Most critics regard noir as a distinctly American style, like jazz. (And like jazz, it’s a Yankee creation the French adore and emulate. Take a look at Jean-Luc Godard’s raffish New Wave nod to noir chic in Breathless.) Writes Silver:
“The noir cycle has a singular position in the brief history of American motion pictures: a body of films that not only presents a relatively cohesive vision of America but that does so in a manner transcending the influences of auteurism or genre … Film noir is a self-contained reflection of American culture and its preoccupations at a point in time. As such it is the unique example of a wholly American film style.”
Next we’ll take a look at some of the trends in American society and filmmaking that gave birth to film noir.
Summary: Film Noir: What Is It?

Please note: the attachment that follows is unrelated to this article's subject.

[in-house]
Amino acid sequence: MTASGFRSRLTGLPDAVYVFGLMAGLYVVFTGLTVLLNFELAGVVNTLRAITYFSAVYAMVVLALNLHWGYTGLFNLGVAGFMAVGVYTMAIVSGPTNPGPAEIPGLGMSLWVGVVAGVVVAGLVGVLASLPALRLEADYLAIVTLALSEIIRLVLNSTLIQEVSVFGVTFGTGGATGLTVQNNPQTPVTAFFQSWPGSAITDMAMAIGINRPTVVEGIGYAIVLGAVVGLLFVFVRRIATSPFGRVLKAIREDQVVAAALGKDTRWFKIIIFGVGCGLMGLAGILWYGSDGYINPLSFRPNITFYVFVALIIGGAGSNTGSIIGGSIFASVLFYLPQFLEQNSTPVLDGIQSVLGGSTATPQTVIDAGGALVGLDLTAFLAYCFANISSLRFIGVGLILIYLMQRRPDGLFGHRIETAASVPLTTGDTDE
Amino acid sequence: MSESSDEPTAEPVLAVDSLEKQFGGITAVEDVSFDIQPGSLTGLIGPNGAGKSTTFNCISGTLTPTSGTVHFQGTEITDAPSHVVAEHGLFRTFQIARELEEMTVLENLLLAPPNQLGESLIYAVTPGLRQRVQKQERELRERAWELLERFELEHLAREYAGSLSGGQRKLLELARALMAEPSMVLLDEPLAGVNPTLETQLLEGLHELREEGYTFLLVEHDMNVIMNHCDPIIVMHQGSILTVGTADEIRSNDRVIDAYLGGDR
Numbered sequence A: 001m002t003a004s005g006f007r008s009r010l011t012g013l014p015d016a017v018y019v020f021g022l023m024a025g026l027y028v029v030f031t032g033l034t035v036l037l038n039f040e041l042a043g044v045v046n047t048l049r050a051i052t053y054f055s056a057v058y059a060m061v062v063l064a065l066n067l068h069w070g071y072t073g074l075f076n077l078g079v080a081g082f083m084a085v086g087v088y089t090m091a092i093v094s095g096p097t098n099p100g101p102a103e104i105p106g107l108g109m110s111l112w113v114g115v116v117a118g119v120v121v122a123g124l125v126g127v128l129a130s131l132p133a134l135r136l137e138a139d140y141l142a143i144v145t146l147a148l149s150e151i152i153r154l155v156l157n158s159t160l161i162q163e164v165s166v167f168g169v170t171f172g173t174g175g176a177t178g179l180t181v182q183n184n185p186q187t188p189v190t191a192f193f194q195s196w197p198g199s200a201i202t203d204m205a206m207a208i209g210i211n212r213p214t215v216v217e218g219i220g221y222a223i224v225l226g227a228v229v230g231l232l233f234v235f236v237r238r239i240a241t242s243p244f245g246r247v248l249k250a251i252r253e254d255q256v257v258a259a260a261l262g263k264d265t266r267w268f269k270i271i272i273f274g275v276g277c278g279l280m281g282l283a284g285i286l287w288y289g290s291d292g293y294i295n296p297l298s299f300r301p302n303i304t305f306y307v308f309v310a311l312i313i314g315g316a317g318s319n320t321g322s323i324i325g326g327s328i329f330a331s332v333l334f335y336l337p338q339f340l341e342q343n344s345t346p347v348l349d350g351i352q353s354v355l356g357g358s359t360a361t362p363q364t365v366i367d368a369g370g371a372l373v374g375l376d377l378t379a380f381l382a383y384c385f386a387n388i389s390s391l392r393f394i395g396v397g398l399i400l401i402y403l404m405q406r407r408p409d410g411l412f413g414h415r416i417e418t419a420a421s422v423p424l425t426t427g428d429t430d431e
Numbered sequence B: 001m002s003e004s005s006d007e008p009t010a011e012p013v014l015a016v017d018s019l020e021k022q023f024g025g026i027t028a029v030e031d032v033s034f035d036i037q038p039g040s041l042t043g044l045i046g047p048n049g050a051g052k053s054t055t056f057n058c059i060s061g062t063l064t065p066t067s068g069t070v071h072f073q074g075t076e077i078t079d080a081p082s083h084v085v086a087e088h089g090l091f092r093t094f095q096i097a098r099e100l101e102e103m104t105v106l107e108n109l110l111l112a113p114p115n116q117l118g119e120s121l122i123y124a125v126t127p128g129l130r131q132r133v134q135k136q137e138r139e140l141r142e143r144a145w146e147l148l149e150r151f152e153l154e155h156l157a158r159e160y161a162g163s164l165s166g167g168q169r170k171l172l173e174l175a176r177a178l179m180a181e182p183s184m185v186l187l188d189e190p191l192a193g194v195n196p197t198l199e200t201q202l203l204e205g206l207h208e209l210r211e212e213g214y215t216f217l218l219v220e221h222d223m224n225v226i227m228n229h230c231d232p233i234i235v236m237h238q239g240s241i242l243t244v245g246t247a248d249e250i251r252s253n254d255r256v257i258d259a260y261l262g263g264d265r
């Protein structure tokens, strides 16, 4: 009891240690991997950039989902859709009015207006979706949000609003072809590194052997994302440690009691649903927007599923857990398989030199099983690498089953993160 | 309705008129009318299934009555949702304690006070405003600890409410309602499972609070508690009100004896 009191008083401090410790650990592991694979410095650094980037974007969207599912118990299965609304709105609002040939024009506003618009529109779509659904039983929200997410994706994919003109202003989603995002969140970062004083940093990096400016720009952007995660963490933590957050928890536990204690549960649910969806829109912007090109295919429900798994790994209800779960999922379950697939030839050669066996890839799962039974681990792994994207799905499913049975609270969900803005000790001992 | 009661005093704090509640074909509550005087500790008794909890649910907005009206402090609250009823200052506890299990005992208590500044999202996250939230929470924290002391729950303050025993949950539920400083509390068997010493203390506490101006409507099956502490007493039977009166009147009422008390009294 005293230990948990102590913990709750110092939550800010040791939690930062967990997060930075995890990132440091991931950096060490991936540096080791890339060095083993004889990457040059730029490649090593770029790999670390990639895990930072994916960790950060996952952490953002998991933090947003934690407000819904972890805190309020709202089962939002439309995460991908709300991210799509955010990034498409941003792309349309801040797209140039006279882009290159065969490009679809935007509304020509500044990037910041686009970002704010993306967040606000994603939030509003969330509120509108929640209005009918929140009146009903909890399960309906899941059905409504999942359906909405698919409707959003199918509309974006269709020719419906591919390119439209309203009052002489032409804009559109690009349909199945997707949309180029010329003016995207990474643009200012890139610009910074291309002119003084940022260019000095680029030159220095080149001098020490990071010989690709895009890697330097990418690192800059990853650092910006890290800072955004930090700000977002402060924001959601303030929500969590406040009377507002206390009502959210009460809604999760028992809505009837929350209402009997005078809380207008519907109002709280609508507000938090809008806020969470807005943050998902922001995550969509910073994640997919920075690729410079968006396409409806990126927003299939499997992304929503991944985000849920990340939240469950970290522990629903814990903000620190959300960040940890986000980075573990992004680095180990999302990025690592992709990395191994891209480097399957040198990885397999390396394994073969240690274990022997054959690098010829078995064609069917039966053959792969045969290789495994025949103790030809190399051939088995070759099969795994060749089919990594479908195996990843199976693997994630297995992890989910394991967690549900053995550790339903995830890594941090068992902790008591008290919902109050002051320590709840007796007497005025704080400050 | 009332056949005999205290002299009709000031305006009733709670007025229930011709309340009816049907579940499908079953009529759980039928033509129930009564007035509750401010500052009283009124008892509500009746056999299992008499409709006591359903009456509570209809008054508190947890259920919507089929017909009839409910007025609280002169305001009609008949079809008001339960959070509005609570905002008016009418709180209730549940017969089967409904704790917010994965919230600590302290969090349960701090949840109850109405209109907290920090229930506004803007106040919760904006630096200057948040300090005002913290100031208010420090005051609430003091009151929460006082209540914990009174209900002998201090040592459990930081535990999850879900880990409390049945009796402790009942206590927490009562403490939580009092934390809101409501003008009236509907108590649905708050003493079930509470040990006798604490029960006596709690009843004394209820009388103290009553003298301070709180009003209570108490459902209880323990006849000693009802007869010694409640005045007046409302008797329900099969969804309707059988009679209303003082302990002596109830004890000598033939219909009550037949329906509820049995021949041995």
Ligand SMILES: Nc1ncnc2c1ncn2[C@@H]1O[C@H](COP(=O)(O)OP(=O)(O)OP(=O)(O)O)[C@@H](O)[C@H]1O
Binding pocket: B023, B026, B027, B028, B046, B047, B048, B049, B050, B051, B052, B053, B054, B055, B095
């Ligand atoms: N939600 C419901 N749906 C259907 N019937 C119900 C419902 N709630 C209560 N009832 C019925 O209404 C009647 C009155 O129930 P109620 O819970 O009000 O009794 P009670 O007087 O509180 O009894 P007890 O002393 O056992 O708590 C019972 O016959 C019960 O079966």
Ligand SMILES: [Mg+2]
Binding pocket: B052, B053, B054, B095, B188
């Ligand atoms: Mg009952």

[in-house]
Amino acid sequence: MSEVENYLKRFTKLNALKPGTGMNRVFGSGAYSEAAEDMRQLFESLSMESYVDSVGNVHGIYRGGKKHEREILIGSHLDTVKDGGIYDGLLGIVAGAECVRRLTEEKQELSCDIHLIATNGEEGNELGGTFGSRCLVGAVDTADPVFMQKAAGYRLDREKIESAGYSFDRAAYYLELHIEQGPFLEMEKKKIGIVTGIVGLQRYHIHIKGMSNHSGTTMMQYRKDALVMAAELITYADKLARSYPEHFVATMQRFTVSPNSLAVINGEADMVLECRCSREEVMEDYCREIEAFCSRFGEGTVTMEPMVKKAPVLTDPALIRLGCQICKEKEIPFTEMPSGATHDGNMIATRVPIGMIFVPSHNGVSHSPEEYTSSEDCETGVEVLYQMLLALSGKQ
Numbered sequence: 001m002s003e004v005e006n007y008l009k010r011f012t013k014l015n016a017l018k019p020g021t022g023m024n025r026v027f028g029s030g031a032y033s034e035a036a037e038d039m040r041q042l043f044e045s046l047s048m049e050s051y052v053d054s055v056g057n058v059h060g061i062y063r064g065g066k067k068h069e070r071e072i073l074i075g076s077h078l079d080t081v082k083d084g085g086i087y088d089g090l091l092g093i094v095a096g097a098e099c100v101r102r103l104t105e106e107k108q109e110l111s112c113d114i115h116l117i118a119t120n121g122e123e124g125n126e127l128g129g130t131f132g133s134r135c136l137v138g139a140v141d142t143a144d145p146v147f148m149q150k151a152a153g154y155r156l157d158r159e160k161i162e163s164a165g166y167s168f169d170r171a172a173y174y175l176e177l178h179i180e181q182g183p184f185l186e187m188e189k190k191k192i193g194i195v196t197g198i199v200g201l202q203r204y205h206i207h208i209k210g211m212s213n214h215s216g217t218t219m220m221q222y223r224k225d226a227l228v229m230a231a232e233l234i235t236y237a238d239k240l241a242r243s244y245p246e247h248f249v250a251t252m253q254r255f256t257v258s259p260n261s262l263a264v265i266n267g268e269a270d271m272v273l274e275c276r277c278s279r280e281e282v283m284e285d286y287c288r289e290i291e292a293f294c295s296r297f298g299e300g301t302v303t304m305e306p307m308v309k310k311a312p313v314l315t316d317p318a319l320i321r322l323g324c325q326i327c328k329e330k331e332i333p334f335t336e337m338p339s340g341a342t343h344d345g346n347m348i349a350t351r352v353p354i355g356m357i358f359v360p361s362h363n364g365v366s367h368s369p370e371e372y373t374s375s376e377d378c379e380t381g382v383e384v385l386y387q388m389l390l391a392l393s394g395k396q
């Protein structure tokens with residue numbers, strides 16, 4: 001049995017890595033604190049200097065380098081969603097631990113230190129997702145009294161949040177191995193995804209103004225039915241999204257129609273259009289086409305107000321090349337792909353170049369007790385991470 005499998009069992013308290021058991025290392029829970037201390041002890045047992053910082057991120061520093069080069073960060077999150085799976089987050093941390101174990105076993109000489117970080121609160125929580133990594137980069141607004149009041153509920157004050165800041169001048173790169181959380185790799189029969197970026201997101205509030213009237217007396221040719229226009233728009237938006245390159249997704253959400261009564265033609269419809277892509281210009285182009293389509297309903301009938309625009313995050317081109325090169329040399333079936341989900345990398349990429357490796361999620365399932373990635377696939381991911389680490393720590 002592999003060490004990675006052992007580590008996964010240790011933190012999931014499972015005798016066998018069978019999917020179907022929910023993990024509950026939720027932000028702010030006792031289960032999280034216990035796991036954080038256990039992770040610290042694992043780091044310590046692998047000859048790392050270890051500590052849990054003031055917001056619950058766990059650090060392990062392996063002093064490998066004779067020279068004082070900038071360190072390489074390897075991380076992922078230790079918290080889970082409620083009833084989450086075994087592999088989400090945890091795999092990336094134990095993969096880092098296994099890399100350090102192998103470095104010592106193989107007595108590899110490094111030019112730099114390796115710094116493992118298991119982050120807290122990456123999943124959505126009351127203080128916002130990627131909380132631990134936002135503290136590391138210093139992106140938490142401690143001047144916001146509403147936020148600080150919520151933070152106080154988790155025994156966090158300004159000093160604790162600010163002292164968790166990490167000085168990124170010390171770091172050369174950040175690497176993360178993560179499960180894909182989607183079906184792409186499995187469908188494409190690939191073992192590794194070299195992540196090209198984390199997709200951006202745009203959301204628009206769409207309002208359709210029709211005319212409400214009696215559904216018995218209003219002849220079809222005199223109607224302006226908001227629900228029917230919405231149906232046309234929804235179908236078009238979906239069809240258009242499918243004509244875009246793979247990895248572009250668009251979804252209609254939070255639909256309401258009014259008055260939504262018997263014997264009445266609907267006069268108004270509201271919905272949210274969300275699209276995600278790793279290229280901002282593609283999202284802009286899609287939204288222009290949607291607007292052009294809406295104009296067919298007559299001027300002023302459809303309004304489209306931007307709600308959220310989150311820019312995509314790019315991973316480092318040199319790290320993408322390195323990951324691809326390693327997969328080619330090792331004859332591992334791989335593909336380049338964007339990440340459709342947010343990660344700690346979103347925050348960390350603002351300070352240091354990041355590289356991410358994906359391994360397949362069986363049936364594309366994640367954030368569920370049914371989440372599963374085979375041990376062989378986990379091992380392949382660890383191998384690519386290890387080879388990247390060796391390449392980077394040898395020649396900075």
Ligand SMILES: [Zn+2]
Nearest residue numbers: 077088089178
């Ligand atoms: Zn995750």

“A term coined by French critics to describe a type of film that is characterized by its dark, somber tone and cynical pessimistic mood.” (The Film Encyclopedia, Third Edition, by Ephraim Katz).
Lecture 2 – Postwar Disillusionment and Bare-Knuckled Realism
American movies around World War II were, for the most part, celebrations of optimism. They were soft and sanguine, uninterested in rippling the status quo’s nicely ironed surface. During the war, movies fussed with ennobling heroics and feel-good patriotism — emotional propaganda. By war’s end, lavish musicals, soapy melodramas, and treacly romances reigned at the show palaces.
Then, in the mid-1940s, our soldiers came home. What they found was a place altered from how they’d left it. Like those in all fighting countries, American society went through cataclysmic change during the war effort. Women went to work in factories. Cities thrived. With the men away, many homes were broken, becoming war casualties on the domestic front. Wartime was also, notably, the advent of the nuclear age, whose collateral anxiety cannot be downplayed.